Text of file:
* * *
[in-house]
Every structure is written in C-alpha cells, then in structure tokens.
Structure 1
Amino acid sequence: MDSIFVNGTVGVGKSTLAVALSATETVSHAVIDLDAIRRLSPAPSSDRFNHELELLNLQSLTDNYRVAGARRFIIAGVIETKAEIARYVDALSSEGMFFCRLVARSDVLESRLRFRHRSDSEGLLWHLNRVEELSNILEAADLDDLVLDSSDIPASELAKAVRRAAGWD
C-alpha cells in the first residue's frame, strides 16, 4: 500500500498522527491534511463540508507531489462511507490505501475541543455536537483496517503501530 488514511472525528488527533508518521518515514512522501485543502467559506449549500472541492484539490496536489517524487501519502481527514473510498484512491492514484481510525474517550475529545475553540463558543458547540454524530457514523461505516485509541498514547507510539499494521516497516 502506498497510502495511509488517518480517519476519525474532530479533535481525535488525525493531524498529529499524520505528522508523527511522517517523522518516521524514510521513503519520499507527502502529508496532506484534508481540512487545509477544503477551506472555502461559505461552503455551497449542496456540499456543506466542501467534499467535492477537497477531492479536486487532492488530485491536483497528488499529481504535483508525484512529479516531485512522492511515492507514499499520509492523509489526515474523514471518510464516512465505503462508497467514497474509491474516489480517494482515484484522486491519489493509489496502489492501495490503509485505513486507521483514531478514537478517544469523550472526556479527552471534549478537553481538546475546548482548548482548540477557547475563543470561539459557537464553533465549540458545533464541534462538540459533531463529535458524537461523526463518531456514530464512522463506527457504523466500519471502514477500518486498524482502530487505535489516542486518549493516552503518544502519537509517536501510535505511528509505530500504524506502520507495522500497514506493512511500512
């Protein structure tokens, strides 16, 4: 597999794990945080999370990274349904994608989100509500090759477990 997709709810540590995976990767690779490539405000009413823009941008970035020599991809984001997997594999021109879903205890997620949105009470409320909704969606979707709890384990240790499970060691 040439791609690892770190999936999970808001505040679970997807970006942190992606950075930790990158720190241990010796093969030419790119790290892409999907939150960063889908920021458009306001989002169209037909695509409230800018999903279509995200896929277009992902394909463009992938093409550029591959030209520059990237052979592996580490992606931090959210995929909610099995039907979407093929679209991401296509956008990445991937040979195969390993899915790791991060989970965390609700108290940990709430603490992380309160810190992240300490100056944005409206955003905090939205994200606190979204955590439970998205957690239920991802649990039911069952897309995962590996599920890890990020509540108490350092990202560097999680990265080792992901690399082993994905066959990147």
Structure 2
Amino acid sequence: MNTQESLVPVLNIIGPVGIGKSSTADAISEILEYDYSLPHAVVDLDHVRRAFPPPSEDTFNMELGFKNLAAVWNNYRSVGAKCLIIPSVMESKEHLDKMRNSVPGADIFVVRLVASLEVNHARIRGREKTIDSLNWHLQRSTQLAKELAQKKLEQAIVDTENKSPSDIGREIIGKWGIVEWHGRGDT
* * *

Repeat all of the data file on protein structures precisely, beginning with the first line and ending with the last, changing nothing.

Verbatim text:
[in-house]
Every structure is written in C-alpha cells, then in structure tokens.
Structure 1
Amino acid sequence: MDSIFVNGTVGVGKSTLAVALSATETVSHAVIDLDAIRRLSPAPSSDRFNHELELLNLQSLTDNYRVAGARRFIIAGVIETKAEIARYVDALSSEGMFFCRLVARSDVLESRLRFRHRSDSEGLLWHLNRVEELSNILEAADLDDLVLDSSDIPASELAKAVRRAAGWD
C-alpha cells in the first residue's frame, strides 16, 4: 500500500498522527491534511463540508507531489462511507490505501475541543455536537483496517503501530 488514511472525528488527533508518521518515514512522501485543502467559506449549500472541492484539490496536489517524487501519502481527514473510498484512491492514484481510525474517550475529545475553540463558543458547540454524530457514523461505516485509541498514547507510539499494521516497516 502506498497510502495511509488517518480517519476519525474532530479533535481525535488525525493531524498529529499524520505528522508523527511522517517523522518516521524514510521513503519520499507527502502529508496532506484534508481540512487545509477544503477551506472555502461559505461552503455551497449542496456540499456543506466542501467534499467535492477537497477531492479536486487532492488530485491536483497528488499529481504535483508525484512529479516531485512522492511515492507514499499520509492523509489526515474523514471518510464516512465505503462508497467514497474509491474516489480517494482515484484522486491519489493509489496502489492501495490503509485505513486507521483514531478514537478517544469523550472526556479527552471534549478537553481538546475546548482548548482548540477557547475563543470561539459557537464553533465549540458545533464541534462538540459533531463529535458524537461523526463518531456514530464512522463506527457504523466500519471502514477500518486498524482502530487505535489516542486518549493516552503518544502519537509517536501510535505511528509505530500504524506502520507495522500497514506493512511500512
């Protein structure tokens, strides 16, 4: 597999794990945080999370990274349904994608989100509500090759477990 997709709810540590995976990767690779490539405000009413823009941008970035020599991809984001997997594999021109879903205890997620949105009470409320909704969606979707709890384990240790499970060691 040439791609690892770190999936999970808001505040679970997807970006942190992606950075930790990158720190241990010796093969030419790119790290892409999907939150960063889908920021458009306001989002169209037909695509409230800018999903279509995200896929277009992902394909463009992938093409550029591959030209520059990237052979592996580490992606931090959210995929909610099995039907979407093929679209991401296509956008990445991937040979195969390993899915790791991060989970965390609700108290940990709430603490992380309160810190992240300490100056944005409206955003905090939205994200606190979204955590439970998205957690239920991802649990039911069952897309995962590996599920890890990020509540108490350092990202560097999680990265080792992901690399082993994905066959990147």
Structure 2
Amino acid sequence: MNTQESLVPVLNIIGPVGIGKSSTADAISEILEYDYSLPHAVVDLDHVRRAFPPPSEDTFNMELGFKNLAAVWNNYRSVGAKCLIIPSVMESKEHLDKMRNSVPGADIFVVRLVASLEVNHARIRGREKTIDSLNWHLQRSTQLAKELAQKKLEQAIVDTENKSPSDIGREIIGKWGIVEWHGRGDT